Gastroparesis is not common; however, many symptoms are similar to other digestive illnesses, and people might not recognize the difference.
This blog will let you know what it is, its symptoms, and more!
What is digestive tract paralysis (gastroparesis)?
Digestive tract paralysis makes it difficult for the stomach to clean itself naturally. Due to paralysis in the stomach, the muscles in this area do not have the strength nor coordination to function in a common way. Therefore, stomach digestion is slowed down or even stopped completely. People with diabetes are more prone to developing this condition. According to statistics, women are more prone to gastroparesis than men.
What causes gastroparesis?
Injuries to the nerves can result in gastroparesis, significantly if the vagus nerve is damaged. This nerve can cause your stomach muscles to contract (tighten) to aid in the flow of food through the system.
When the muscles contract, it makes it difficult for your stomach and bowel muscles to function normally, which delays the passage of food into your intestines from the stomach.
Doctors typically cannot determine the root cause of gastroparesis even with medical tests. Idiopathic gastroparesis is a form of gastroparesis that has no recognized reason.
Who is more prone to developing digestive tract paralysis?
People with diabetes are prone to develop digestive tract paralysis. Women are more prone to contact gastroparesis, but women respond better to the treatment than men
Also, people who have suffered or are suffering from other conditions or have had surgery are more likely to develop gastroparesis. Including:
Surgery on your stomach, esophagus, or small intestine could cause harm to the vagus nerve
Autoimmune illnesses such as scleroderma
Nervous system conditions, like Parkinson’s disease and multiple sclerosis
What are some gastroparesis symptoms?
The symptoms might be similar to other gastrointestinal and stomach conditions. The most common signs of digestive tract paralysis are:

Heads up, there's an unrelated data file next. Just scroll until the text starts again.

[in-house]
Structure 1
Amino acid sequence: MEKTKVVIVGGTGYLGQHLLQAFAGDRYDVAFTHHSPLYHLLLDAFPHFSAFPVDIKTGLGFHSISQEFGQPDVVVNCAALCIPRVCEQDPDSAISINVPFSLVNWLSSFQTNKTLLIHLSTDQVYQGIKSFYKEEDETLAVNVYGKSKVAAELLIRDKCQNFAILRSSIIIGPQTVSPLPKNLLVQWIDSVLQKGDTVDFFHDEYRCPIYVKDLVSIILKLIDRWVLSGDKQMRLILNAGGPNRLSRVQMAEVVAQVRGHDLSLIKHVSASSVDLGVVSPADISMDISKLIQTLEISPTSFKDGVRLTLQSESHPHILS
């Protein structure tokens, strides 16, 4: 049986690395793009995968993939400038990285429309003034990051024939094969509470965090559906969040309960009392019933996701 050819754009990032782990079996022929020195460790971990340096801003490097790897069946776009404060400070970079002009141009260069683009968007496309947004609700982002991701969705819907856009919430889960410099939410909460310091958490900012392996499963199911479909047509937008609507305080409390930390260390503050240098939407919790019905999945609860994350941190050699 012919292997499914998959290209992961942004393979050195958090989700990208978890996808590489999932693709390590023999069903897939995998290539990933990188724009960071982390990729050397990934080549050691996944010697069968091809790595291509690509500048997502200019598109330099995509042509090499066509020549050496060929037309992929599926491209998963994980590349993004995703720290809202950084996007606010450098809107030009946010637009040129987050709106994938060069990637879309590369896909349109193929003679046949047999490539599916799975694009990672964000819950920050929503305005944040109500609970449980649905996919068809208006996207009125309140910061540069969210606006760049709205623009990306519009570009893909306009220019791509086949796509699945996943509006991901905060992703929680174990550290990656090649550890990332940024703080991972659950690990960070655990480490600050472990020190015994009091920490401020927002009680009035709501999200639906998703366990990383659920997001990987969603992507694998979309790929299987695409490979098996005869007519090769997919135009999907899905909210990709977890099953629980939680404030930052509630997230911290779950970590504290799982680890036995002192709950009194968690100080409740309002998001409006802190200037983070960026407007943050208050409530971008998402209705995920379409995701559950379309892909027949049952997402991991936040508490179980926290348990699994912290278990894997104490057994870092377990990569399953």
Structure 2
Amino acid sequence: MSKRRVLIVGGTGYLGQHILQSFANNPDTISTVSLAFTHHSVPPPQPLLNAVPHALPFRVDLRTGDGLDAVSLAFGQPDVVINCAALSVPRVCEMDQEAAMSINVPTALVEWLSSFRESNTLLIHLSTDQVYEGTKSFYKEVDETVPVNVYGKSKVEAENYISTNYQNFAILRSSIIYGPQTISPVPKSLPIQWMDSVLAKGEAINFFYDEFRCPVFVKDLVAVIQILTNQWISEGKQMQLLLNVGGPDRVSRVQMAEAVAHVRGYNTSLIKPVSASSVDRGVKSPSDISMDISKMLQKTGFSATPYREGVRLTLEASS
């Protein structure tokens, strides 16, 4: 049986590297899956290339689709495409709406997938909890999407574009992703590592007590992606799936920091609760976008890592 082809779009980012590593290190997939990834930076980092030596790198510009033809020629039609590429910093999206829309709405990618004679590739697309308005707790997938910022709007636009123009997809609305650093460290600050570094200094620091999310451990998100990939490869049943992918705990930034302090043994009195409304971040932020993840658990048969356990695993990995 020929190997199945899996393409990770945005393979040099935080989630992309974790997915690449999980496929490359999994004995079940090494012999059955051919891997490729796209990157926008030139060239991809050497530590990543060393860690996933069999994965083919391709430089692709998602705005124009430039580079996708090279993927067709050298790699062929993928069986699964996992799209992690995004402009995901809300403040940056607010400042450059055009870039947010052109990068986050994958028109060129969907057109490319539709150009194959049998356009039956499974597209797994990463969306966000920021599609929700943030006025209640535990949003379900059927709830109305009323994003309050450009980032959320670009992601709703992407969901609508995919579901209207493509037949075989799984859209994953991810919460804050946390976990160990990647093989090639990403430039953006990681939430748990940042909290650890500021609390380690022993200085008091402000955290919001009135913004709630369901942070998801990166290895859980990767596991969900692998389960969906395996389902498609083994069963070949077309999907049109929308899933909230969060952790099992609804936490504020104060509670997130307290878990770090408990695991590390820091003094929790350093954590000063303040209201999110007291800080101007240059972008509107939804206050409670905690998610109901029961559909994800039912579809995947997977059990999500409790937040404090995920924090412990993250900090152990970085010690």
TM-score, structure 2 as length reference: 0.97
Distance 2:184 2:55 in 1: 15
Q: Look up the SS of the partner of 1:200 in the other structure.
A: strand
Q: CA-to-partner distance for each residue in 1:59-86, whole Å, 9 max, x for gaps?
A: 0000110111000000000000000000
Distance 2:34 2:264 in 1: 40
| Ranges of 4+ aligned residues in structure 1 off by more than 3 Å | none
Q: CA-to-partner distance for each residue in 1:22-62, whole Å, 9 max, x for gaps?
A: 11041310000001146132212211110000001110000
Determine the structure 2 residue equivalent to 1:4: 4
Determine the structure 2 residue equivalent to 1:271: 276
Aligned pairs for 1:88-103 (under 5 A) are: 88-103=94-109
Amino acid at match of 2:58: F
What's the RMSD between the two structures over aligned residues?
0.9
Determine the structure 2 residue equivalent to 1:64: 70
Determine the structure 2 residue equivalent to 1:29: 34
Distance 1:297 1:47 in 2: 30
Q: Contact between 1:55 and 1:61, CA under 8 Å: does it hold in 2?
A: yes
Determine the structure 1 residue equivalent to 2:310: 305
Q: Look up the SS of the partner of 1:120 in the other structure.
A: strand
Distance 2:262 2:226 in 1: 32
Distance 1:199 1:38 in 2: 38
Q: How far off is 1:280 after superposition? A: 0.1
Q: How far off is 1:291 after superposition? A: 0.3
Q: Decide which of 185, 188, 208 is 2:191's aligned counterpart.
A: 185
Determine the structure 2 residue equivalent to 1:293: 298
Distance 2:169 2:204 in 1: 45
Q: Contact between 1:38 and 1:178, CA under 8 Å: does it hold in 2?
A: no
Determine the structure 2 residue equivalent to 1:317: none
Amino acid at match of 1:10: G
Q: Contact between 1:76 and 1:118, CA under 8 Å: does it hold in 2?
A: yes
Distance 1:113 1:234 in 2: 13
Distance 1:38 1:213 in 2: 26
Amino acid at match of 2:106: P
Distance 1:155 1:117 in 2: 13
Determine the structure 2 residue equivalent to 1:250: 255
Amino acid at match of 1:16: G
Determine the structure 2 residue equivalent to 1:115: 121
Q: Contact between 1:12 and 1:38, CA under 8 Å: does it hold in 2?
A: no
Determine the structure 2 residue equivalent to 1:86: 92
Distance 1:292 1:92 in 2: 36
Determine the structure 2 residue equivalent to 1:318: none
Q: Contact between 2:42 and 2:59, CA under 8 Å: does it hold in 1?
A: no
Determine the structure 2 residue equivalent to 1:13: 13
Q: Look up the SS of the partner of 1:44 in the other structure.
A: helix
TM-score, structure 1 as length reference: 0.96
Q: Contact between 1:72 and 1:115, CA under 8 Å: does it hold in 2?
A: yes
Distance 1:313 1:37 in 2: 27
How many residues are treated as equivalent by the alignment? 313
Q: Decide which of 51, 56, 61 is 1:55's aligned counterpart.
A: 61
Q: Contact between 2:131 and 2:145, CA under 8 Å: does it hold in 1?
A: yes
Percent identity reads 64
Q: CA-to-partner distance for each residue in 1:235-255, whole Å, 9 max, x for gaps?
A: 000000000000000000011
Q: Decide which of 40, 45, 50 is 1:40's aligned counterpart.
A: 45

Eating and feeling full quite quick
Nausea and vomiting
Loss of appetite loss of weight
Stomach (abdominal) pain
Is there a cure for gastroparesis?
Although gastroparesis is incurable, a change in the person’s diet along with medical intervention can aid in controlling the illness.
Some diet modifications could include; eating smaller but more frequent meals instead of three large ones throughout the day. Chewing food thoroughly before swallowing will help to retain less food in the stomach and make it simpler to digest. Also, changing to more soft and watery foods can aid in keeping the flow.
How can Signature Health Services help you?
We want to raise awareness of digestive tract paralysis. A good and balanced diet combined with exercise will improve your lifestyle and avoid health complications in general.
At Signature Health Services, we have the best-skilled nurses in Texas to provide comfort, support, consistency, and a quicker journey towards recovery.
Learn more about our gastrointestinal specialties here.
Call Signature 24/7 at 1 (800) 277-8291 for excellence in skilled and compassionate home health care.